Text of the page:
Offense: Who’s worth the franchise?

Franchise tags were in plentiful supply but rare demand last year. That might be the case again on offense in March 2015.

In March, NFL teams used the franchise or transition tag on only six players and the situation might not be that different in 2015. More and more, teams seem to be looking for a contract extension with their valued star players before they are even done with their contract year.

Sometimes the negotiations take a little longer and force the teams to use the one-year guaranteed franchise tag – either for insurance while they continue to work on a longer deal or simply to buy another year without the commitment required for a long-term deal.

Interestingly, only one of those six franchise or transition tags in 2014 came on offense, with Jimmy Graham hoping to get the higher designation for wide receivers but receiving the tight end designation before signing a four-year, $40 million contract prior to signing his franchise-tag contract.

Recently, CBSSports.com reported that several salary cap experts project the 2015 cap to be between $141 million and $144 million – a jump of about $10 million from the $133 million in 2014 – and that means that franchise tag projections can start to be guesstimated.

Using a $142 million cap, here are CBS’s franchise tag estimates for the offensive positions, and we add some of the best players at the position who are in a contract year.

Just like last year, it’s looking like tight end could be the best position on offense to apply the tag.

ESTIMATED FRANCHISE AMOUNTS


Quarterbacks: $18.38 million
The Arizona CardinalsCarson Palmer has now returned from a nerve injury in his shoulder and has a 100.5 rating, but he has started only two games, the first and the most recent, because of the injury. He has a contract that can void after the season, and if the Cardinals’ success continues, it’s a good bet he will be seeking more than the $8 million annual average he has. His agent, David Dunn, reportedly said this week that contract extension negotiations have already begun.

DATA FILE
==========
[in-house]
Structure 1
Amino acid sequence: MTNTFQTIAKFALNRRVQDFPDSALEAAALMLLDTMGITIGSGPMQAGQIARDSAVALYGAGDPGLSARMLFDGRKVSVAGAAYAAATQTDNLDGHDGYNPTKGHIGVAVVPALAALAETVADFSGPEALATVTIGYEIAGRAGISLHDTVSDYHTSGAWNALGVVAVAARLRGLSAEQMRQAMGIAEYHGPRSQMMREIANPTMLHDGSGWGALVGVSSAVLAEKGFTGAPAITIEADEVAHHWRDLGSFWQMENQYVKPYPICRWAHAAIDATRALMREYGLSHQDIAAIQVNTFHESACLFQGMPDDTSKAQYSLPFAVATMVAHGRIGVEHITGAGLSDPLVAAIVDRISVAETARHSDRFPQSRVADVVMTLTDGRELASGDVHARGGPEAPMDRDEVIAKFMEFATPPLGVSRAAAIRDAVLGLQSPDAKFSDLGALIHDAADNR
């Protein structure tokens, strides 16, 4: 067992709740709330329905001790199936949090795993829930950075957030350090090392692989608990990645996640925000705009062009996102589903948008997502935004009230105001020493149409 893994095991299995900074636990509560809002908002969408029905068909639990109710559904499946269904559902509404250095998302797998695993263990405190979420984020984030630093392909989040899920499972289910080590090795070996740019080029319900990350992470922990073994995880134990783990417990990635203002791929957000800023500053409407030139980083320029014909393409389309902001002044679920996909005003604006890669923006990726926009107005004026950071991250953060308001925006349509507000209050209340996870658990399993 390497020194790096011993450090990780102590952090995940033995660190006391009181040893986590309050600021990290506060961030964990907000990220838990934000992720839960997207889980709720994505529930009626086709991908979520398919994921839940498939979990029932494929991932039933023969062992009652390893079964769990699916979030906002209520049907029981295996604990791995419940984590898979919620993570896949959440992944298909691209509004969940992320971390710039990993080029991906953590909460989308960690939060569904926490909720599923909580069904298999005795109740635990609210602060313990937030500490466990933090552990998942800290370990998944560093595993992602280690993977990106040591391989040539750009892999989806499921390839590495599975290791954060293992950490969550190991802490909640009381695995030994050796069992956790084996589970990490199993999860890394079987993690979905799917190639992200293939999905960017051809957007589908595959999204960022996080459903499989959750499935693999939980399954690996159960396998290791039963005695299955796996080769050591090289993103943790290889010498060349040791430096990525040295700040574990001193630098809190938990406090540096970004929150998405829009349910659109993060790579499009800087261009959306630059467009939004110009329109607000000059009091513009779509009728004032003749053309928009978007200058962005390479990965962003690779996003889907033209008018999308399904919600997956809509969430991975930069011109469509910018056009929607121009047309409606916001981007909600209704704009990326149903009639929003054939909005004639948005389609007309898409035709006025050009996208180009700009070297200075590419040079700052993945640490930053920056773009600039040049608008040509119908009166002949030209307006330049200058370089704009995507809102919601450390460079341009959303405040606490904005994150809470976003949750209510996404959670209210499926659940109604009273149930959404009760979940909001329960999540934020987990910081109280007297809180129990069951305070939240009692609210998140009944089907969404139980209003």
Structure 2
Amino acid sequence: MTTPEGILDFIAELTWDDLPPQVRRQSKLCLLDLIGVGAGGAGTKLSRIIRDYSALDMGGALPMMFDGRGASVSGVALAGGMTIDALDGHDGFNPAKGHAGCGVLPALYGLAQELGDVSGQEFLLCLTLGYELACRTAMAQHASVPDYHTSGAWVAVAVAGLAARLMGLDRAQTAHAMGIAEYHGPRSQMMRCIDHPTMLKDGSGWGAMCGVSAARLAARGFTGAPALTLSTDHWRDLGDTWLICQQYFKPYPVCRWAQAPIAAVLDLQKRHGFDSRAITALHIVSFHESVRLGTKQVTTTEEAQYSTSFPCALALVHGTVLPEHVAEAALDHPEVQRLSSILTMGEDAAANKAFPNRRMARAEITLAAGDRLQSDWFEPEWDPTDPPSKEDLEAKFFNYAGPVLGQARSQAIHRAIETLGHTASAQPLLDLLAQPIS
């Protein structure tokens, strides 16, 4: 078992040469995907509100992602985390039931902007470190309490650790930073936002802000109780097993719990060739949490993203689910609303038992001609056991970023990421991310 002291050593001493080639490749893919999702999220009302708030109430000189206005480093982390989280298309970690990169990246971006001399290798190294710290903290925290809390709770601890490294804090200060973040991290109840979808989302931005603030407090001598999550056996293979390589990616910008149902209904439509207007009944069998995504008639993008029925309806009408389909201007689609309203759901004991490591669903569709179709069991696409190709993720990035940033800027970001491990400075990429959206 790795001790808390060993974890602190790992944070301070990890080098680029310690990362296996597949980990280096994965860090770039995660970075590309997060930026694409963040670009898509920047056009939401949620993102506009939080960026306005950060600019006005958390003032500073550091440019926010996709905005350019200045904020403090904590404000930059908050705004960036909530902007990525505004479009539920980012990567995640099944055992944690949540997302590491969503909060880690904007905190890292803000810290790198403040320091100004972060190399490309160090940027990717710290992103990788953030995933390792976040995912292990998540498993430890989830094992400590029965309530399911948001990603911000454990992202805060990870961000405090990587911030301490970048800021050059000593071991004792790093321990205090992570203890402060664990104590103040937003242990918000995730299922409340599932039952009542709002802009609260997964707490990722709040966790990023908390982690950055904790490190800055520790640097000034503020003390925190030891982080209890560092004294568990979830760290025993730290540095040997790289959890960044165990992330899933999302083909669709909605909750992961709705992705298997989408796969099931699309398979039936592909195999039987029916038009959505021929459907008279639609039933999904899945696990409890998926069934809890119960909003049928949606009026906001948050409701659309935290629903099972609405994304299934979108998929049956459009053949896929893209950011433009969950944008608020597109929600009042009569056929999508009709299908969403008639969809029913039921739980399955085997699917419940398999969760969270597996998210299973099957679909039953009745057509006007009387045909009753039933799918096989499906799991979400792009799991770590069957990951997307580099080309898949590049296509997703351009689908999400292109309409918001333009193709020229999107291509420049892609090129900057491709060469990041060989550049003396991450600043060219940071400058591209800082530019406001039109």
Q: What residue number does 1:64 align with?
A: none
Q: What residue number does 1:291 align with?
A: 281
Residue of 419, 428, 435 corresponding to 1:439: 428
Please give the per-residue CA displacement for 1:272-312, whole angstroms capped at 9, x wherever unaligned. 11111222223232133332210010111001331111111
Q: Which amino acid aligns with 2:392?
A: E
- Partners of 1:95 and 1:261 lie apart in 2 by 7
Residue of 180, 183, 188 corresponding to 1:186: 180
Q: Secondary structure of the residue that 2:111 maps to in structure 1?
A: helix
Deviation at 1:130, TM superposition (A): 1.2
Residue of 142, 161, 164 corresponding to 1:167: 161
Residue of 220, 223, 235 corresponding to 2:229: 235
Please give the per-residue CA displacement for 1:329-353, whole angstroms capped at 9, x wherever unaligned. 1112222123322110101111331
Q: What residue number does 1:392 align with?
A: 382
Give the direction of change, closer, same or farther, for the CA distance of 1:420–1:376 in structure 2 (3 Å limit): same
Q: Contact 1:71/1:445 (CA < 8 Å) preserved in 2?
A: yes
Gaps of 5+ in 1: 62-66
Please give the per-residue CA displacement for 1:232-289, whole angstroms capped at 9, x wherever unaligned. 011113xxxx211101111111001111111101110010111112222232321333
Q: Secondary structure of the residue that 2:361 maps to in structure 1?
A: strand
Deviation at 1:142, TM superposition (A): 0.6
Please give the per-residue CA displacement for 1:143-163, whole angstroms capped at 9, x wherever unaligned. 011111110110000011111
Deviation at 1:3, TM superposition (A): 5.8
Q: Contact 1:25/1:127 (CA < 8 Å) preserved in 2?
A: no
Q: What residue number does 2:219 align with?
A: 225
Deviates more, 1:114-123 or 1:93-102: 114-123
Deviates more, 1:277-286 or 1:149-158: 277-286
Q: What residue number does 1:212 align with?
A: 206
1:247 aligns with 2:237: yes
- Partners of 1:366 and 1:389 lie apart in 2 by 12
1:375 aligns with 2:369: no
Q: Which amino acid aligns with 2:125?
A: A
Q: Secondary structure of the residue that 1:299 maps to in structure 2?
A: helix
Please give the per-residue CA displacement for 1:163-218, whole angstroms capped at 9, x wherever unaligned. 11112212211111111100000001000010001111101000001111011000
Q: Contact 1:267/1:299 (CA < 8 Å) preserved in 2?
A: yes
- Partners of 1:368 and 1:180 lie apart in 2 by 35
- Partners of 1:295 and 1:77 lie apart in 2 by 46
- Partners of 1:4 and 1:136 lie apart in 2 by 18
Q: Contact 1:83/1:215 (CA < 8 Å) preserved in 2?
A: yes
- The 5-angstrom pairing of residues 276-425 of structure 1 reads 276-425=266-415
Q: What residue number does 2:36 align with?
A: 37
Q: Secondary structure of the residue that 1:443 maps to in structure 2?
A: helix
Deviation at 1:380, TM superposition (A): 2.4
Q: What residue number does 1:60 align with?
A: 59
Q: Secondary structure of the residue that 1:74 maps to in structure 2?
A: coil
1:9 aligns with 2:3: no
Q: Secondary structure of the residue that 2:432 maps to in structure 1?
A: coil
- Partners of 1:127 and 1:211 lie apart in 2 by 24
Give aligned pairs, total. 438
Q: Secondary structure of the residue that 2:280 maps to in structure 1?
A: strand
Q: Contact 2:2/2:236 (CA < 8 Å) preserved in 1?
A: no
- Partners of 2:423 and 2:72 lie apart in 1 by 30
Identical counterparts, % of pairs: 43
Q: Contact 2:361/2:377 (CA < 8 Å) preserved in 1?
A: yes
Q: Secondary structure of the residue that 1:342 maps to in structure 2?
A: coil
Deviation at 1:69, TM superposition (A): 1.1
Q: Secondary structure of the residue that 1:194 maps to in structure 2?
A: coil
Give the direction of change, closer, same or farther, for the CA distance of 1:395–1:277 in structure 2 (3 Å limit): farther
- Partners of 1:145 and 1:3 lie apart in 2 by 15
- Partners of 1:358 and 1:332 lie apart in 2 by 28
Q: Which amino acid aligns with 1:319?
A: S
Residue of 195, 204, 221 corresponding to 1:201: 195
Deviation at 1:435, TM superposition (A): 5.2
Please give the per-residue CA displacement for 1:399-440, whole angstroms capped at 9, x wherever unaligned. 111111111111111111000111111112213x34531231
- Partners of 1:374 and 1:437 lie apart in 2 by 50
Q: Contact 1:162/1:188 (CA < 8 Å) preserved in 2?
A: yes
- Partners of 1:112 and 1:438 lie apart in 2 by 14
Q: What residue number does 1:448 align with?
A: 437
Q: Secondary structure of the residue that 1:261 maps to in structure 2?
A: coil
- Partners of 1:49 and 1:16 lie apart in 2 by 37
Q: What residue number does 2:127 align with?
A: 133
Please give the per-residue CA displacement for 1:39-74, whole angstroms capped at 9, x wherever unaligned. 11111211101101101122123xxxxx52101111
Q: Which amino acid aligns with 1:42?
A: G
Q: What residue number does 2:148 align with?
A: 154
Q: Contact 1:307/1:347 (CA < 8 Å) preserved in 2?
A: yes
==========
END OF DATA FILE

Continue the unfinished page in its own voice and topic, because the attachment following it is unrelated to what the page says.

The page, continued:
Other than Palmer, it’s mainly a mess a backups and starters likely not franchise-worthy scheduled for free agency next year: Brian Hoyer, Jake Locker, Michael Vick, Matt Hasselbeck, Blaine Gabbert, Christian Ponder, Matt Moore, Mark Sanchez and Matt Flynn among the potential pickings.

Offensive linemen: $12.83 million
The offensive linemen – tackles, guards and centers – all get lumped into one franchise designation, meaning the less valued guards and centers rarely even get consideration for the tag because the price of tackles drives up the value of the tag.

The Titans’ Michael Roos averaged $7.2 million on his current contract but is now on injured reserve with a knee injury and his career might be over. The Chargers’ Nick Hardwick averaged $4.4 million, but he is also on injured reserve with a neck injury that may take him out of the NFL altogether, too. The Packers’ Bryan Bulaga averaged $2.6 million but isn’t worth a tag. The Broncos Orlando Franklin ($1.089 million) was moved to guard but isn’t elite yet. And a ton (literally) of other players that are making under $1 million stand no chance at being given the franchise tag.

The Seahawks’ James Carpenter is coming off his rookie contract averaging $1.9 million and NFL greybeard centers like Roberto Garza ($1.5 average) and Dominic Raiola ($1.5 million) are on the decline.